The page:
I am going to get on that soapbox one more time and say that if you were going to go through all the trouble to make this edition then why didn't you make it a showcase of not only cleaner sound, but current mixing and mastering techniques? Sgt. Pepper's is still held up as 'how to make a record' in songwriting, playing, production, and mixing. Giles and Co. could have commemorated the 50th Anniversary (and his father's legacy) by making this the 'new standard' by which mixing and mastering would be compared. To be absolutely clear, I'm not knocking their accomplishment - it's truly impressive and I'm looking forward to the remainder of the outtakes, behind the scenes info and 5.1 mixes. But I firmly believe they missed a real opportunity here.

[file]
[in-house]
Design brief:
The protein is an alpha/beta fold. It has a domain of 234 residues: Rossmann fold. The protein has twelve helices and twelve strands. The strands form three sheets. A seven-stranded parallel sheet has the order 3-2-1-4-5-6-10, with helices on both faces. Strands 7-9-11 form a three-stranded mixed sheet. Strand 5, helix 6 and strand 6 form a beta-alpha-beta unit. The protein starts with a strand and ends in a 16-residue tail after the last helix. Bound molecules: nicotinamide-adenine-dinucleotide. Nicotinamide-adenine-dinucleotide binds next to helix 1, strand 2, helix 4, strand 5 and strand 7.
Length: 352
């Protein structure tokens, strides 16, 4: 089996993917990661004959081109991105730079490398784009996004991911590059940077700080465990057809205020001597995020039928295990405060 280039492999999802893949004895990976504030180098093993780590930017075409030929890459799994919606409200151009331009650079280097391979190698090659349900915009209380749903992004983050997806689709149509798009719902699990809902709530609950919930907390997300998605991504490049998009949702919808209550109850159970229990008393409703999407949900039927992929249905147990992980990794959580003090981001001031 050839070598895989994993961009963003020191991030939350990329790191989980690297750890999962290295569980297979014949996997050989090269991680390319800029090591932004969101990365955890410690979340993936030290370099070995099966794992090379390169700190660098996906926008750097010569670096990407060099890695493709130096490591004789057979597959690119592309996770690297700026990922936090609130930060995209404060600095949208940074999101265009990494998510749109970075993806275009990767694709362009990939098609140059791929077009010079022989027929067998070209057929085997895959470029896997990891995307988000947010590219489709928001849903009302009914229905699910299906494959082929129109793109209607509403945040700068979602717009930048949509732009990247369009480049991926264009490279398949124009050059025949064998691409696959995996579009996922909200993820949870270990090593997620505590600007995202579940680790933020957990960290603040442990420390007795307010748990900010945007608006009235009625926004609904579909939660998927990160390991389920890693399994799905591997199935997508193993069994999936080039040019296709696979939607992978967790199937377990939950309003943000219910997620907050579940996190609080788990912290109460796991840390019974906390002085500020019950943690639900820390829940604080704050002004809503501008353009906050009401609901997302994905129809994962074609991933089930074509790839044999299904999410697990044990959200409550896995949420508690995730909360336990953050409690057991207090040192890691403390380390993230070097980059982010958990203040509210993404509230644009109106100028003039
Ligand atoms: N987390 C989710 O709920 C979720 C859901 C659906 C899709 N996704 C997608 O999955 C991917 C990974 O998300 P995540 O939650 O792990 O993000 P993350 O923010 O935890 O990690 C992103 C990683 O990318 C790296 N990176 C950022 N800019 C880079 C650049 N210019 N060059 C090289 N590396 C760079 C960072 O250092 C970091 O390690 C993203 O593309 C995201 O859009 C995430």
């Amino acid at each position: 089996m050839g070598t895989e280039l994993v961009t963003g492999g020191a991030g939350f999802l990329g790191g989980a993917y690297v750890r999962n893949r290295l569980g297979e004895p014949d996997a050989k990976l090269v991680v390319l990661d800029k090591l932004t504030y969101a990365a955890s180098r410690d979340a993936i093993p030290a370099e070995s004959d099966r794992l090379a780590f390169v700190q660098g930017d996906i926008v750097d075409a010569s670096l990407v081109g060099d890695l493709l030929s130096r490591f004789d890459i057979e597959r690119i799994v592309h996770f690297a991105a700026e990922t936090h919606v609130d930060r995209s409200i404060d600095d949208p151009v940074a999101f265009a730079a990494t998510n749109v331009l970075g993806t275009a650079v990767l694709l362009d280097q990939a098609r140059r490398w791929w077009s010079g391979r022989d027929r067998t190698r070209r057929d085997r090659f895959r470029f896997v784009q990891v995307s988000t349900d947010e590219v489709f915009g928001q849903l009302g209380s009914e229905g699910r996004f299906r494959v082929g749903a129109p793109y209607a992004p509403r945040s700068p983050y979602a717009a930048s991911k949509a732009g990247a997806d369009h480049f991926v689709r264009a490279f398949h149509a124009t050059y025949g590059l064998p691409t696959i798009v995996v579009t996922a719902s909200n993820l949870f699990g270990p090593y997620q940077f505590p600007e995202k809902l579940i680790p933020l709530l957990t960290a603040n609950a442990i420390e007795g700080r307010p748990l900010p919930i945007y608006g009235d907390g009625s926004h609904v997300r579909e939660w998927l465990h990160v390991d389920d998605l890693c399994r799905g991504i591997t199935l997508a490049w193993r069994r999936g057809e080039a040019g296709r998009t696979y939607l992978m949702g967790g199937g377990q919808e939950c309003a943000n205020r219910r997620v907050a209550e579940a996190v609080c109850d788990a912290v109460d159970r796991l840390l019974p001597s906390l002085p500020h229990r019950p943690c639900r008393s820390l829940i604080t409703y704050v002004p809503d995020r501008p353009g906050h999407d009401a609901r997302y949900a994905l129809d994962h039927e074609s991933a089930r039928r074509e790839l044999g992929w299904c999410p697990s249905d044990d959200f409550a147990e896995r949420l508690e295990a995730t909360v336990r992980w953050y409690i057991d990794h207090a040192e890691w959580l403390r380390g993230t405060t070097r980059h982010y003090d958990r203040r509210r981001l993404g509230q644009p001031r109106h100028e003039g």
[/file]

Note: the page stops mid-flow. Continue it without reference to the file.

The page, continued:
Alright, that's enough of my ranting for this week. :)
All griping aside, this is a great remix (in the traditional 'actually mixed again' sense, not an 'add moar beetz n' boom' remix) and the bonus material is a great romp into additional takes, outtakes, and what could have been. I think I still prefer the original CD release (nostalgia perhaps) for most of the songs, but this is well worth the listen and also well worth adding to your collection just for the clarity of the mixes. As you give it multiple listens you begin to notice the elements that you never did before - kind of like that first time I heard it on CD as opposed to vinyl.
And so we come come to the closing Bullet Points: